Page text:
In this article, I will show you a variance formula that can show results with plus and minus signs in Excel. **Variance** is a mathematical term that denotes how much data disperse from the mean. Variance also can mean the difference between the actual and budgeted amounts. When you mean the first one mentioned here, you should know that variance can have no negative values. Because, you first get the differences between the mean and actual data, square the differences, and then sum them up. Then you divide the result by the number of data and get variance (also known as σ2).

But to know the positive and negative variations of actual data from forecast data, you may need to have simple variance formula that can show up plus and minus signs to display the direction of variance. So, let’s dive into the main discussion.

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**What Is Variance Formula?**

Mathematically, variance is denoted by **σ ^{2}**, where

**σ**

^{2}=(x_{i}-x)^{2}/Σi**x **= mean

**x _{i}**= each data

**i=**1,2,3,4,….,i.e. number of data points

For example, if you have some numbers, **1,2,3,4,5** in one set and **1,2,1,2,5** in another set.

**1st mean, x _{1}**=(1+2+3+4+5)/5=

**3**

**2nd mean x _{2}**=(1+2+1+2+5)/5=

**2.2**

Then the variances of the two sets are,

**σ _{1}^{2}**=[(1-3)

^{2}+(2-3)

^{2}+(3-3)

^{2}+(4-3)

^{2}+(5-3)

^{2}]/5=(4+1+0+1+4)/5=

**2**

And, **σ _{2}^{2}**=[(1-2.2)

^{2}+(2-2.2)

^{2}+(1-2.2)

^{2}+(2-2.2)

^{2}+(5-2.2)

^{2}]/5=10.8/5=

**2.16**

This means the second set of data is more dispersed than the first one.

But wait.

If you have business data where some actual and forecast values are given, this variance formula is of use not anymore!

Because now you are not meant to find the average of the data to show the deviation from it. You just need to calculate the difference between the actual and budgeted values. A few simple calculations, right?

Well, that’s true. The formula will be just simple as the following this time:

**Actual Variance = Actual – Budget or Forecast**

This is the basic formula, depending on which value is greater, actual or forecast, this formula will show results with plus and minus signs. In the next section, we will see an example to use this formula in Excel more meaningfully.

**How to Apply Variance Formula in Excel and Get Plus-Minus Results**

In this example, we will show the application of the variance formula with positive and negative results. Here, we have a dataset of the projected and actual profit of an organization. We will apply the variance formula to this dataset. Then we will create a variance chart too.

**📌 ****Step 1: Apply Variance Formula to Calculate Difference Between Actual and Forecast Values**

First, we will calculate the variance.

- Go to
**Cell E5**and put the following formula in it.

`=D5-C5`

We get the variance with the plus and minus symbols.

**Read More: ****How to Do Variance Analysis in Excel (With Quick Steps)**

**📌 Step 2: Separate the Negative and Positive Differences into Two Columns**

Now, we will separate the negative and positive values. We will do this using the **IF** **function**.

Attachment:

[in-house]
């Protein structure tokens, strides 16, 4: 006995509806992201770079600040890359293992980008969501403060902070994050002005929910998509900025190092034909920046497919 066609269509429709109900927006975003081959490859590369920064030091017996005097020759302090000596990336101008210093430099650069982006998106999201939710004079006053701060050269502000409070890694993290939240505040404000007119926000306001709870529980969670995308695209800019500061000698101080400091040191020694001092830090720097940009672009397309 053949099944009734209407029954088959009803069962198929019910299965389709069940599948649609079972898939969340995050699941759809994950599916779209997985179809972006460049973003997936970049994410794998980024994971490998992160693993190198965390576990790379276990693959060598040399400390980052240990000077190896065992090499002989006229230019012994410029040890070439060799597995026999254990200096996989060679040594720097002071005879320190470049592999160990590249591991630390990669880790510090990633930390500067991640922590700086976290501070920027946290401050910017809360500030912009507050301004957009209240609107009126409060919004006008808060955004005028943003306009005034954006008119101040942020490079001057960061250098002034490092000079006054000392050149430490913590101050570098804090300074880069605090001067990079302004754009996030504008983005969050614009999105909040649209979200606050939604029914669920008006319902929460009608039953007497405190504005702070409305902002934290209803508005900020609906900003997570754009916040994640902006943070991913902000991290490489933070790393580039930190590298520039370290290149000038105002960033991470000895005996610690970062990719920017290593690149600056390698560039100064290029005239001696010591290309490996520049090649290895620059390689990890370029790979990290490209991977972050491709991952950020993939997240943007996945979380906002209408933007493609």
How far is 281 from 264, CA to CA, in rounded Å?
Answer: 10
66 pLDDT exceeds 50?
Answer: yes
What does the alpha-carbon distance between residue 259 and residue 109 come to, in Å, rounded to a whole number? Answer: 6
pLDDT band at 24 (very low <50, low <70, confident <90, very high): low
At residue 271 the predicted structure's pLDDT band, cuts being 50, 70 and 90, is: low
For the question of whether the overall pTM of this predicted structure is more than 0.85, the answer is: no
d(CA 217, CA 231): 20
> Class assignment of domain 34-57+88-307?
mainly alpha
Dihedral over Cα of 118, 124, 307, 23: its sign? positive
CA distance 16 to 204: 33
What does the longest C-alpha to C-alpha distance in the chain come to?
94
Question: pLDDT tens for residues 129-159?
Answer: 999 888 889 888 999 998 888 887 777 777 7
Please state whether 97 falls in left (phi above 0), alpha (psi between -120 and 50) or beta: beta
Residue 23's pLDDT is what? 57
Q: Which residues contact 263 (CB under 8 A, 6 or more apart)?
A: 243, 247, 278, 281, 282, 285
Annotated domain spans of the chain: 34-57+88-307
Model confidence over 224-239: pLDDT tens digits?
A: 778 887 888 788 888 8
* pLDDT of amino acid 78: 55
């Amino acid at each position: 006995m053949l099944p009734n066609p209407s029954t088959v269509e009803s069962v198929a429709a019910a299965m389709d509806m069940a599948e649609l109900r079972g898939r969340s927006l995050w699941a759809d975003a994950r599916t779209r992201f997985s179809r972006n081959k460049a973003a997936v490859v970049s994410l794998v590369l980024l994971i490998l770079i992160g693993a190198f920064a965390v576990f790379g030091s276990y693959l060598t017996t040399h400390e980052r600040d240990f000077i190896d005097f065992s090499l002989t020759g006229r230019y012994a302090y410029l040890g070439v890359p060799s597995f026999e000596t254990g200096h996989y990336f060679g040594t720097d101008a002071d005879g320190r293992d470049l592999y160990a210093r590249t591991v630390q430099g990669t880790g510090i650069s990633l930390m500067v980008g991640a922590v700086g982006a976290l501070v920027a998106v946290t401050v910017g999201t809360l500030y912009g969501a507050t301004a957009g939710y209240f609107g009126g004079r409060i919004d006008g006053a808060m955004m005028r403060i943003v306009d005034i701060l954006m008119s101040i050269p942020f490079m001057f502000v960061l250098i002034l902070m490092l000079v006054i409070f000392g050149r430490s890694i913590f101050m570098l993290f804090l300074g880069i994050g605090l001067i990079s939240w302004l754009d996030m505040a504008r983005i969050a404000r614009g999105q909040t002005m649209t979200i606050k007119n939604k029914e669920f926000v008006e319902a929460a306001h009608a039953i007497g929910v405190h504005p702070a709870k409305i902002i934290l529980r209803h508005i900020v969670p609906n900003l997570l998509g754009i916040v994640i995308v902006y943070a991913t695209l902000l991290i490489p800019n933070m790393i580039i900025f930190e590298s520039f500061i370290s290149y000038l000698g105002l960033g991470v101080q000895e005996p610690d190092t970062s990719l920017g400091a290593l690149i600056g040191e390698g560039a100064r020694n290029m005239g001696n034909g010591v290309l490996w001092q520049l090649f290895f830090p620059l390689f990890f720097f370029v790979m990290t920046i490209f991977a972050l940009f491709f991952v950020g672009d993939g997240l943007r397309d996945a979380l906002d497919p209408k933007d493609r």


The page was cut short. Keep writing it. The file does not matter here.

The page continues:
- Go to
**Cell F5**and Write the following formula.

`=IF(E5<0,E5,"")`

We separate the negative values.

- After that, we go to
**Cell G5**and put the below formula.

`=IF(E5>0,E5,"")`

Thus, we separate the positive and negative values.

**Read More: ****How to Calculate Sample Variance in Excel (2 Effective Approaches)**

**Similar Readings**

**How to Calculate Percentage Variance between Two Numbers in Excel****Calculate Pooled Variance in Excel (with Easy Steps)****How to Calculate Coefficient of Variance in Excel (3 Methods)****Calculate Mean Variance and Standard Deviation in Excel****How to Calculate Variance Using Pivot Table in Excel (with Easy Steps)**

**📌 Step 3: Choose a Suitable Symbol to Create a Chart**

Now, we will choose a symbol to present the chart. We will place the symbol in a remote cell to avoid a mixture with the original data, here in **Cell A18**.

- Choose the
**Symbol**option from the**Symbols**group of the**Insert**tab.

- The
**Symbols**window appears. - Choose
**Arial**from the**Font**section, and**Block Elements**from the**Subset**section. - After that, choose a symbol and finally click on the
**Insert**tab.

- We can see a symbol has been added to the dataset.

**Read More: ****How to Find Population Variance in Excel (2 Easy Ways)**

**📌 Step 4: Add Custom Repetition to the Symbol for Each Variance with REPT Function**

Now, we will form a chart combining the symbol and values with the combination of the **IF**, **REPT**, and **ABS** functions.

- Go to
**Cell H5**and put this formula.

`=IF(F5="","",F5&" "&REPT($A$18,ABS(F5)/100))`

We can see a chart for negative values is showing in the dataset.

- Similarly, we put this formula for the positive values on
**Cell I5**.

`=IF(G5="","",REPT($A$18,ABS(G5)/100)&" "&G5)`

- Now, we choose the color and alignment from the
**Font**and**Alignment**group.

**Read More: ****Budget vs Actual Variance Formula in Excel (with Example)**

**Conclusion**

In this article, we described an example to explain the application of the variance formula in excel with plus-minus results. I hope this will satisfy your needs. Please have a look at our website **ExcelDemy** and give your suggestions in the comment box.

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